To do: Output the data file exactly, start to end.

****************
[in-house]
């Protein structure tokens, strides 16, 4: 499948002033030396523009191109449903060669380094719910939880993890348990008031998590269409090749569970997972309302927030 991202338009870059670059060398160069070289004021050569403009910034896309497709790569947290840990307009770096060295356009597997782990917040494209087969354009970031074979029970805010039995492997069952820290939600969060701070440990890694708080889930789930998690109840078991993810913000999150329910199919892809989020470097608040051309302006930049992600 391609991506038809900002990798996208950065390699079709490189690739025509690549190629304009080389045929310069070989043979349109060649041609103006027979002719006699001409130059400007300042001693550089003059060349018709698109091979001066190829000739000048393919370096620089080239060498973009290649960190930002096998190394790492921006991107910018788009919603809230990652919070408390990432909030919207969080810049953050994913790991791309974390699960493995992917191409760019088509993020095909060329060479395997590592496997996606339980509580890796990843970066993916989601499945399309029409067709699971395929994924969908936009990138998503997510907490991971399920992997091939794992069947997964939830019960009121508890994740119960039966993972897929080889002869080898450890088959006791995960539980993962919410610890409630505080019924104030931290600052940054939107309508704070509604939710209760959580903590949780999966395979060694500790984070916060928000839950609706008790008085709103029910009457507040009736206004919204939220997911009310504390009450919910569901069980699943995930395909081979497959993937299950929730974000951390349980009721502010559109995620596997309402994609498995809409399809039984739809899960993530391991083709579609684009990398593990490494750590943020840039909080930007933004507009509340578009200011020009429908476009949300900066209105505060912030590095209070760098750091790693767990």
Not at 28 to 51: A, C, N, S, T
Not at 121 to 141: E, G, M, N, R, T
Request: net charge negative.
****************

[in-house]
């Protein structure tokens, strides 16, 4: 499948002033030396523009191109449903060669380094719910939880993890348990008031998590269409090749569970997972309302927030 991202338009870059670059060398160069070289004021050569403009910034896309497709790569947290840990307009770096060295356009597997782990917040494209087969354009970031074979029970805010039995492997069952820290939600969060701070440990890694708080889930789930998690109840078991993810913000999150329910199919892809989020470097608040051309302006930049992600 391609991506038809900002990798996208950065390699079709490189690739025509690549190629304009080389045929310069070989043979349109060649041609103006027979002719006699001409130059400007300042001693550089003059060349018709698109091979001066190829000739000048393919370096620089080239060498973009290649960190930002096998190394790492921006991107910018788009919603809230990652919070408390990432909030919207969080810049953050994913790991791309974390699960493995992917191409760019088509993020095909060329060479395997590592496997996606339980509580890796990843970066993916989601499945399309029409067709699971395929994924969908936009990138998503997510907490991971399920992997091939794992069947997964939830019960009121508890994740119960039966993972897929080889002869080898450890088959006791995960539980993962919410610890409630505080019924104030931290600052940054939107309508704070509604939710209760959580903590949780999966395979060694500790984070916060928000839950609706008790008085709103029910009457507040009736206004919204939220997911009310504390009450919910569901069980699943995930395909081979497959993937299950929730974000951390349980009721502010559109995620596997309402994609498995809409399809039984739809899960993530391991083709579609684009990398593990490494750590943020840039909080930007933004507009509340578009200011020009429908476009949300900066209105505060912030590095209070760098750091790693767990």
Not at 28 to 51: A, C, N, S, T
Not at 121 to 141: E, G, M, N, R, T
Request: net charge negative.